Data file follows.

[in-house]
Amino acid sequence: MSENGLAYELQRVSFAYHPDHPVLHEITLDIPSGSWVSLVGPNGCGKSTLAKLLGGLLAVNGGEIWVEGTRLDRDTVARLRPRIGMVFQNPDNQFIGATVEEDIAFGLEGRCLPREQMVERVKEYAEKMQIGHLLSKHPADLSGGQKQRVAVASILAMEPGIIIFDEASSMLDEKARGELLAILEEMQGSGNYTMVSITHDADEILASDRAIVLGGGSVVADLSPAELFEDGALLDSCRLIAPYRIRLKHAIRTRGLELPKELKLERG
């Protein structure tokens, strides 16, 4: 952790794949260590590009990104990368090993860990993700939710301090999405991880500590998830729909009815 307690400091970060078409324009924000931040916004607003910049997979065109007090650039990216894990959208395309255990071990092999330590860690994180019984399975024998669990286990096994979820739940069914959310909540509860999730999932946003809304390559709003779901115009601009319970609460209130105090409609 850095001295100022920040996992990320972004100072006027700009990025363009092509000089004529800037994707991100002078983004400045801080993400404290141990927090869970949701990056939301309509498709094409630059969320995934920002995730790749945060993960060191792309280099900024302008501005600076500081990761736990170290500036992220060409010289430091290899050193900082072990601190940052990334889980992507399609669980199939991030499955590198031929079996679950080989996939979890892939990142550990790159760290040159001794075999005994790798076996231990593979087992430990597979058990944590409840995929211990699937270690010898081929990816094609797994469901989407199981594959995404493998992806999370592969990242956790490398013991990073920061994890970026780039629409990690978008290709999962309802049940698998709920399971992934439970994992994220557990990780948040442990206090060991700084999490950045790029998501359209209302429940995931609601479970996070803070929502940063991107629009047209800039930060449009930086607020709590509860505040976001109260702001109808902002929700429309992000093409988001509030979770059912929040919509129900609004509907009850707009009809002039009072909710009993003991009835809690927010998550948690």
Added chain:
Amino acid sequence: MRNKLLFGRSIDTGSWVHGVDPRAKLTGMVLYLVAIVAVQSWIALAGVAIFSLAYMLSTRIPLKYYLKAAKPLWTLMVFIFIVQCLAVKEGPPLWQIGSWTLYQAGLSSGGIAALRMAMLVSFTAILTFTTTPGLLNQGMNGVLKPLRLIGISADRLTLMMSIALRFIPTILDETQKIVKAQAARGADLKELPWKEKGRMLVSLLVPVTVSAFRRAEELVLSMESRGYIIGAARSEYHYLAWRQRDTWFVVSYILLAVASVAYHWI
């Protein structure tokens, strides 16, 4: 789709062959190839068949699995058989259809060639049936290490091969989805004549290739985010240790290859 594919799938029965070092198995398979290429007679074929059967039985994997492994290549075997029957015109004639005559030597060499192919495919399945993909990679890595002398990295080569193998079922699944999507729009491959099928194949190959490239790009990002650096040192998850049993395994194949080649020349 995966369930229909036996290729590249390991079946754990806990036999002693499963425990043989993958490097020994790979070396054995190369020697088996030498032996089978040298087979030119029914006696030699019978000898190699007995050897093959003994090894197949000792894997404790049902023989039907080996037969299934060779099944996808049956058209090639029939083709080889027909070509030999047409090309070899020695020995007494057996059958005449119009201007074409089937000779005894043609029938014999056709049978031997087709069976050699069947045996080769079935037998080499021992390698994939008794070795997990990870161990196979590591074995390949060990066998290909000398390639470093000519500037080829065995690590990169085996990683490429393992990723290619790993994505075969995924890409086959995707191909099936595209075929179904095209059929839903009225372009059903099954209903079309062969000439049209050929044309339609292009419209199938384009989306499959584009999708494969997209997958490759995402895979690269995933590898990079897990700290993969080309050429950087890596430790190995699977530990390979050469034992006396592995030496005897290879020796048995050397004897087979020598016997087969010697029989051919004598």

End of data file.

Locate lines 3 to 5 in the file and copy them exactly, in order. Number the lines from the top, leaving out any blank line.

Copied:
């Protein structure tokens, strides 16, 4: 952790794949260590590009990104990368090993860990993700939710301090999405991880500590998830729909009815 307690400091970060078409324009924000931040916004607003910049997979065109007090650039990216894990959208395309255990071990092999330590860690994180019984399975024998669990286990096994979820739940069914959310909540509860999730999932946003809304390559709003779901115009601009319970609460209130105090409609 850095001295100022920040996992990320972004100072006027700009990025363009092509000089004529800037994707991100002078983004400045801080993400404290141990927090869970949701990056939301309509498709094409630059969320995934920002995730790749945060993960060191792309280099900024302008501005600076500081990761736990170290500036992220060409010289430091290899050193900082072990601190940052990334889980992507399609669980199939991030499955590198031929079996679950080989996939979890892939990142550990790159760290040159001794075999005994790798076996231990593979087992430990597979058990944590409840995929211990699937270690010898081929990816094609797994469901989407199981594959995404493998992806999370592969990242956790490398013991990073920061994890970026780039629409990690978008290709999962309802049940698998709920399971992934439970994992994220557990990780948040442990206090060991700084999490950045790029998501359209209302429940995931609601479970996070803070929502940063991107629009047209800039930060449009930086607020709590509860505040976001109260702001109808902002929700429309992000093409988001509030979770059912929040919509129900609004509907009850707009009809002039009072909710009993003991009835809690927010998550948690």
Added chain:
Amino acid sequence: MRNKLLFGRSIDTGSWVHGVDPRAKLTGMVLYLVAIVAVQSWIALAGVAIFSLAYMLSTRIPLKYYLKAAKPLWTLMVFIFIVQCLAVKEGPPLWQIGSWTLYQAGLSSGGIAALRMAMLVSFTAILTFTTTPGLLNQGMNGVLKPLRLIGISADRLTLMMSIALRFIPTILDETQKIVKAQAARGADLKELPWKEKGRMLVSLLVPVTVSAFRRAEELVLSMESRGYIIGAARSEYHYLAWRQRDTWFVVSYILLAVASVAYHWI